Health

A nursery of drug resistance

Friendly gut bacteria can transfer resistance traits to pathogens

 

Scientists at the Translational Health Science and Technology Institute (THSTI), Faridabad, Haryana, have found that friendly gut bacteria are a reservoir of drug resistance genes which, when transferred to disease-causing bacteria, may make them untreatable.

Antibiotic resistance is emerging as a threat to the successful treatment of infectious diseases, organ transplantation, cancer chemotherapy and major surgeries. Although a natural process involving changes at the genetic level, antibiotic resistance is now increasing due to indiscriminate antibiotic use in health care and the agriculture and veterinary sectors.

Gut bacteria used

In this case, researchers studied antibiotic resistance traits in dominant gut bacteria isolated from human faecal samples. Six healthy individuals who had not consumed antibiotics for the past six months were selected for the study. It was found that friendly gut bacteria from these individuals harboured resistance against multiple antimicrobials, which was attributed to the presence of a vast number of antimicrobial genes.

In all cases, the most abundant resistant genes were the ones associated with tetracycline resistance (an antibiotic used to cure cholera, malaria and other infections). It was followed by the beta-lactamase genes which function to negate the effect of medicines used to fight a broad spectrum of bacteria.

In-depth analysis showed the presence of several resistance genes for each class of antimicrobials.

“Isolation of commensal gut bacteria and their culture in the laboratory was challenging. The significance of molecular studies to combat antibiotic resistance and guide treatment regimens cannot be underrepresented,” said Dr. Bhabatosh Das, who led the research team.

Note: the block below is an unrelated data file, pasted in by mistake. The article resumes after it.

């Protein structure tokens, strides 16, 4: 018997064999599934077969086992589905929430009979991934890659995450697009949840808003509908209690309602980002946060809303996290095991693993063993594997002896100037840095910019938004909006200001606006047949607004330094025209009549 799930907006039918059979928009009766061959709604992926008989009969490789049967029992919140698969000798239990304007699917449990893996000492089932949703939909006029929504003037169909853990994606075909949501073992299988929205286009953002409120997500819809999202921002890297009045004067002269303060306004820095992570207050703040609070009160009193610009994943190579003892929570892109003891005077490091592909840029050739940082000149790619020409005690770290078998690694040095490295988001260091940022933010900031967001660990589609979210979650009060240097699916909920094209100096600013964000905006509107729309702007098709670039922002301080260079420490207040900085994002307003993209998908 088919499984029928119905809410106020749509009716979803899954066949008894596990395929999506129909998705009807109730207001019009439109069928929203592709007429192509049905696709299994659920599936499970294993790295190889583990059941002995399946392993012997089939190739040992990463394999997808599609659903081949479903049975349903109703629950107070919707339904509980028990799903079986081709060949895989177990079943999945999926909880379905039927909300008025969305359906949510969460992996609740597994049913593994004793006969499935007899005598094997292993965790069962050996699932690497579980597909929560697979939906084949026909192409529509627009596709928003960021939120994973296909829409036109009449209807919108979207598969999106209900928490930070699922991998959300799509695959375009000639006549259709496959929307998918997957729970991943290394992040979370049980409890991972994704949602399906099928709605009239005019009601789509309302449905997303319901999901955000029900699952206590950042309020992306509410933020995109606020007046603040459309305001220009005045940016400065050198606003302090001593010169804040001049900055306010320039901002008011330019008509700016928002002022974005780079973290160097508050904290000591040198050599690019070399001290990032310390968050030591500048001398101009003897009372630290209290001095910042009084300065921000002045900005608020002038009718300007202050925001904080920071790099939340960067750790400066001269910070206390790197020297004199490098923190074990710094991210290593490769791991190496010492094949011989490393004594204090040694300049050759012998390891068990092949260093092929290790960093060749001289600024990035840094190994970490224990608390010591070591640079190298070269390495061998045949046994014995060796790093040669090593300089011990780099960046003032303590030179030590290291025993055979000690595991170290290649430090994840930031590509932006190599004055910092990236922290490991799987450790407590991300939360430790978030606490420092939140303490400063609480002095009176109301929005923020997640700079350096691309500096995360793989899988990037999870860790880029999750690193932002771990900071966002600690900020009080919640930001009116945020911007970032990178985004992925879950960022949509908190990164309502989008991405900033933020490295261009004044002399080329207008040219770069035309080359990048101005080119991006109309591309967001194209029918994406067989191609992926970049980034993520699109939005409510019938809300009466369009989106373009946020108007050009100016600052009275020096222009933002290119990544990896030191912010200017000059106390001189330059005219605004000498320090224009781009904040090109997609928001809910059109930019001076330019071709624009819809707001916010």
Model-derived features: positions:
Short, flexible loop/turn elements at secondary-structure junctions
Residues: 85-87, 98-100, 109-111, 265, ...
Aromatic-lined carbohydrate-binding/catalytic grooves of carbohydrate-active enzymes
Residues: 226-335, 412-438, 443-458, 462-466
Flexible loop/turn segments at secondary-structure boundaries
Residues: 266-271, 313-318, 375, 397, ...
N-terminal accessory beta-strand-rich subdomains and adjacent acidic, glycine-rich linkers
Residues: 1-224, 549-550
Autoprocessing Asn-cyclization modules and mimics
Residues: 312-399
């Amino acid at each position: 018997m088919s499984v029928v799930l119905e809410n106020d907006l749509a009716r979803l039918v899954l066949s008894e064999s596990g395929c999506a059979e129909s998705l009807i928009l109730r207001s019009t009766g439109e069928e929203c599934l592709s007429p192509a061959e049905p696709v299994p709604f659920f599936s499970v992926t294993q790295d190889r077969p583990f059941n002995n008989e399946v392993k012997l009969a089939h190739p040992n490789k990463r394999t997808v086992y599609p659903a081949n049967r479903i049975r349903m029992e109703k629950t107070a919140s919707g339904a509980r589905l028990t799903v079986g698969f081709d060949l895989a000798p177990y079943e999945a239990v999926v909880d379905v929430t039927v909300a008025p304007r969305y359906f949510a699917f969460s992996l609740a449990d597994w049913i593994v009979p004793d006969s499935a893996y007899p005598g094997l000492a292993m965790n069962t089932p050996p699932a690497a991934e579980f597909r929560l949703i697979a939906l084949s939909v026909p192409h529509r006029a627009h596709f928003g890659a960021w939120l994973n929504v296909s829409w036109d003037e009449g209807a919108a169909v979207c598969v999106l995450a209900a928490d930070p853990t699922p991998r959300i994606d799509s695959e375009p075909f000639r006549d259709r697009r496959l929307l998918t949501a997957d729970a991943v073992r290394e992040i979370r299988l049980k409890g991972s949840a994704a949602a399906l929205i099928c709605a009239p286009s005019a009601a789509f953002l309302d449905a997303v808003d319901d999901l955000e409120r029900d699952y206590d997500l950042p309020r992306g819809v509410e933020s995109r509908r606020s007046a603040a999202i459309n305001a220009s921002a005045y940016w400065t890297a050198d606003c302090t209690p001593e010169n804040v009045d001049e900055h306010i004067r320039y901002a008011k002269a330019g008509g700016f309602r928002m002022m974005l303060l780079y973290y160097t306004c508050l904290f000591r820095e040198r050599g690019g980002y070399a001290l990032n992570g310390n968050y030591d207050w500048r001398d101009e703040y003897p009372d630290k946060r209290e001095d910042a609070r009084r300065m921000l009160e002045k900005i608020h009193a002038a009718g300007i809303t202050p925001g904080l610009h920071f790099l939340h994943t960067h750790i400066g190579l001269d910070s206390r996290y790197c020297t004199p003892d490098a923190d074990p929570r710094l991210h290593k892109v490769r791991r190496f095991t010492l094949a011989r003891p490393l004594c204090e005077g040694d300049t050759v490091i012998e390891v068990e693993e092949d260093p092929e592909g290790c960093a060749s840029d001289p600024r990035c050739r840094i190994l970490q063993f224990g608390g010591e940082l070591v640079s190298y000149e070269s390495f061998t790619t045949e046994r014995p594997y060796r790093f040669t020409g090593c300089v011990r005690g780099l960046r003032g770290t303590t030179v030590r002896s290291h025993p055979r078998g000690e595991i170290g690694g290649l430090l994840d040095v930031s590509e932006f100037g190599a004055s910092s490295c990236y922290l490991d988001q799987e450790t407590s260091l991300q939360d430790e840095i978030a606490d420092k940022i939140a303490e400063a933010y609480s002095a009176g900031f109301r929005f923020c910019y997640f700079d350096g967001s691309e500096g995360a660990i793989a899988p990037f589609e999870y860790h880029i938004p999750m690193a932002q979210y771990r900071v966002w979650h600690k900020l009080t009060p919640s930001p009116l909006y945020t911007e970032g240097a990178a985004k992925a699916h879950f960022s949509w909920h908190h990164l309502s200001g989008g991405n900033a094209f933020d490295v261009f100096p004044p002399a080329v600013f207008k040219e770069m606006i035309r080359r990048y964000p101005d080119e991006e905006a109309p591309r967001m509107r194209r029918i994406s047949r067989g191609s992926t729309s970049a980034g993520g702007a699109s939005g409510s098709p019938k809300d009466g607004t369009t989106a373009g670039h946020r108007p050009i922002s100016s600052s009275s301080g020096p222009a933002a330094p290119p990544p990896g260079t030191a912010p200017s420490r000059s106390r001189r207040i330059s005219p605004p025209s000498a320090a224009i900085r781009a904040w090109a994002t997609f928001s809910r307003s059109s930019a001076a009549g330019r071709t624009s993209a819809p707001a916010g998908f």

The researchers found that the antimicrobial genes are physically connected to genetic elements that could aid their transfer to their progeny and surrounding bacteria. It is cause for concern as friendly gut bacteria can transfer resistance traits to pathogens, supported by the observation that cholera-causing bacteria have been found capable of taking DNA from their surroundings.

‘Need for research’

With a high burden of infectious diseases such as tuberculosis and diarrhoeal diseases, India’s fight against antibiotic resistance has been escalated because of poor sanitation and malnutrition. The resistance patterns among organisms are also found to vary with their geographical location. “It was surprising to see that friendly gut bacteria fostered resistance traits. This unexplored arm acts as a huge potential source of antibiotic resistance dissemination. We are currently working to re-sensitise these bacteria and make them antibiotic-sensitive,” Dr. Das said. “There is a pressing need to pursue active research to overcome antimicrobial resistance crisis in India. Strategic use of antibiotics would be a crucial step in the process,” he added.

The findings have been published in the journal, Microbial Ecology. The study was funded by the Department of Biotechnology. — India Science Wire

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Printable version | May 30, 2020 9:25:21 AM | https://www.thehindu.com/sci-tech/health/a-nursery-of-drug-resistance/article24782373.ece

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